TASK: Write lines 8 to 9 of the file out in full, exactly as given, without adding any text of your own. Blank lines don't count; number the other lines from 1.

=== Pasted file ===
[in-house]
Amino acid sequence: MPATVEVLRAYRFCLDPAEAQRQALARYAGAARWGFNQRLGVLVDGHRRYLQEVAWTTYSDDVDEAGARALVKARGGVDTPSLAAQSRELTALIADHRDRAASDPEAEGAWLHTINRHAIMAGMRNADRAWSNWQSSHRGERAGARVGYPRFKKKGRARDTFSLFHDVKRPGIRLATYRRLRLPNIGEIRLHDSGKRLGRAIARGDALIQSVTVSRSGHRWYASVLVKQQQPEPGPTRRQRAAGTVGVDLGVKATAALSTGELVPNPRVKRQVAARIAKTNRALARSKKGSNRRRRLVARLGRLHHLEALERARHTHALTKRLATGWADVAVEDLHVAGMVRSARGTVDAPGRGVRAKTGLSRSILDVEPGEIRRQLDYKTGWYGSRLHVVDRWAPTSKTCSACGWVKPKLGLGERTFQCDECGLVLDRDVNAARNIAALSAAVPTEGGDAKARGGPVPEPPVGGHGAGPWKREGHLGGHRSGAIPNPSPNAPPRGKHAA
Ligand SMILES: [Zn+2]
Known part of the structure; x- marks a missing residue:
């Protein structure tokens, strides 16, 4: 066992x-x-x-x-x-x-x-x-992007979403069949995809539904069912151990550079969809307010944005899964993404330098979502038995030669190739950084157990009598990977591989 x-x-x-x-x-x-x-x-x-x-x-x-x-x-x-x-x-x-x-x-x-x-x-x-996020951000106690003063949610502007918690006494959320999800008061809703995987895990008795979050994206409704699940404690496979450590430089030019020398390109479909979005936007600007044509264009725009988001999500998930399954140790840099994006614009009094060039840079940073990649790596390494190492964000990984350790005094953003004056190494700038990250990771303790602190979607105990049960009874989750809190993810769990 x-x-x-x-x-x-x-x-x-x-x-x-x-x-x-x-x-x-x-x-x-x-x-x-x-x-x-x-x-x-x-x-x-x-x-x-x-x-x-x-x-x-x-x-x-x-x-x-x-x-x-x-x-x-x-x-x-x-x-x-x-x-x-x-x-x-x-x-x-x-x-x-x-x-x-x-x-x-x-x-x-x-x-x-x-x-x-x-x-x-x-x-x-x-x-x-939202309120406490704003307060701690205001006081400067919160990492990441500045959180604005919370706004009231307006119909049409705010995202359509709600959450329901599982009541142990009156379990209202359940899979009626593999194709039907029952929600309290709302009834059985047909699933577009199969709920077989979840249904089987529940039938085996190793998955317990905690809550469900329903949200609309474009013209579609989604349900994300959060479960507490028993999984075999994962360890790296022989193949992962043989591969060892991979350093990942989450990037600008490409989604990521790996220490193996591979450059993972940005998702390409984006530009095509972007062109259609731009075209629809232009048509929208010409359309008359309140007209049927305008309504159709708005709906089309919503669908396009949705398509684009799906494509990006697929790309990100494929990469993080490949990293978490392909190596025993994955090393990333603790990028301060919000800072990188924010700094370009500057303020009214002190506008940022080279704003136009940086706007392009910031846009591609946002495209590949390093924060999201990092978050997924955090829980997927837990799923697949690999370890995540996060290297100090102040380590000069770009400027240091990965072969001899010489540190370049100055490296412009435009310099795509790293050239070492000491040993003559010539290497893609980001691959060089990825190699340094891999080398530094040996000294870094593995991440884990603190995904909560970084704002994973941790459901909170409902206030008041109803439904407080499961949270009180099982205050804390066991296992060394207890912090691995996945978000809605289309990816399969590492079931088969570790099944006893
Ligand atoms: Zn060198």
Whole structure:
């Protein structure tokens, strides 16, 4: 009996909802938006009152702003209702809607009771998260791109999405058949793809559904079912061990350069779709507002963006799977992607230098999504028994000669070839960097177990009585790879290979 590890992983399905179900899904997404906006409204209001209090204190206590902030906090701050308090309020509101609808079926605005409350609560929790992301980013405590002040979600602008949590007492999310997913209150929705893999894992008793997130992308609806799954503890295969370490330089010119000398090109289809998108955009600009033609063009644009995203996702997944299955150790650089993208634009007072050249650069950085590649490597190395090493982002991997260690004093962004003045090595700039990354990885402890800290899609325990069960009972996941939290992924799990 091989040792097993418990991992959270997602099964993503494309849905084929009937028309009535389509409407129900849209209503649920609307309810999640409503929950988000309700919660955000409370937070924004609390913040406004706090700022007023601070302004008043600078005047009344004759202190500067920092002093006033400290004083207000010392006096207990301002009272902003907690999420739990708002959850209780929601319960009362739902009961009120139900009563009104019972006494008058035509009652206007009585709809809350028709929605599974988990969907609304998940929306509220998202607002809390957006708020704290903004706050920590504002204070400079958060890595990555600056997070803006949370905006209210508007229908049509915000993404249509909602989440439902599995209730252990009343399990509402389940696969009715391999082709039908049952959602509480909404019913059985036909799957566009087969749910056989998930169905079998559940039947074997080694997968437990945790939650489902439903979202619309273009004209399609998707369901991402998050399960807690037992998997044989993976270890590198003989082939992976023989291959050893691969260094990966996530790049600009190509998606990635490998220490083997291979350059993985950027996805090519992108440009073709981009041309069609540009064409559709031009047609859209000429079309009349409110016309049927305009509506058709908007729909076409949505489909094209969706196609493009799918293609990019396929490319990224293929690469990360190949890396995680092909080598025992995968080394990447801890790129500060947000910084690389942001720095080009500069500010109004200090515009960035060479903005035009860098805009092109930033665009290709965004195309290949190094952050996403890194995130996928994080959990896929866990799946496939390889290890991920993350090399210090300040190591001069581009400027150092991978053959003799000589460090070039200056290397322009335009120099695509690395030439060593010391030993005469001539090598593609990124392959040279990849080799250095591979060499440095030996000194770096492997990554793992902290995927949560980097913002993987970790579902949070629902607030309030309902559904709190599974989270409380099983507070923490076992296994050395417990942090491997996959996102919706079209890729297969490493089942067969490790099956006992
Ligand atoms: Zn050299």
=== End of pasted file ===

């Protein structure tokens, strides 16, 4: 009996909802938006009152702003209702809607009771998260791109999405058949793809559904079912061990350069779709507002963006799977992607230098999504028994000669070839960097177990009585790879290979 590890992983399905179900899904997404906006409204209001209090204190206590902030906090701050308090309020509101609808079926605005409350609560929790992301980013405590002040979600602008949590007492999310997913209150929705893999894992008793997130992308609806799954503890295969370490330089010119000398090109289809998108955009600009033609063009644009995203996702997944299955150790650089993208634009007072050249650069950085590649490597190395090493982002991997260690004093962004003045090595700039990354990885402890800290899609325990069960009972996941939290992924799990 091989040792097993418990991992959270997602099964993503494309849905084929009937028309009535389509409407129900849209209503649920609307309810999640409503929950988000309700919660955000409370937070924004609390913040406004706090700022007023601070302004008043600078005047009344004759202190500067920092002093006033400290004083207000010392006096207990301002009272902003907690999420739990708002959850209780929601319960009362739902009961009120139900009563009104019972006494008058035509009652206007009585709809809350028709929605599974988990969907609304998940929306509220998202607002809390957006708020704290903004706050920590504002204070400079958060890595990555600056997070803006949370905006209210508007229908049509915000993404249509909602989440439902599995209730252990009343399990509402389940696969009715391999082709039908049952959602509480909404019913059985036909799957566009087969749910056989998930169905079998559940039947074997080694997968437990945790939650489902439903979202619309273009004209399609998707369901991402998050399960807690037992998997044989993976270890590198003989082939992976023989291959050893691969260094990966996530790049600009190509998606990635490998220490083997291979350059993985950027996805090519992108440009073709981009041309069609540009064409559709031009047609859209000429079309009349409110016309049927305009509506058709908007729909076409949505489909094209969706196609493009799918293609990019396929490319990224293929690469990360190949890396995680092909080598025992995968080394990447801890790129500060947000910084690389942001720095080009500069500010109004200090515009960035060479903005035009860098805009092109930033665009290709965004195309290949190094952050996403890194995130996928994080959990896929866990799946496939390889290890991920993350090399210090300040190591001069581009400027150092991978053959003799000589460090070039200056290397322009335009120099695509690395030439060593010391030993005469001539090598593609990124392959040279990849080799250095591979060499440095030996000194770096492997990554793992902290995927949560980097913002993987970790579902949070629902607030309030309902559904709190599974989270409380099983507070923490076992296994050395417990942090491997996959996102919706079209890729297969490493089942067969490790099956006992
Ligand atoms: Zn050299």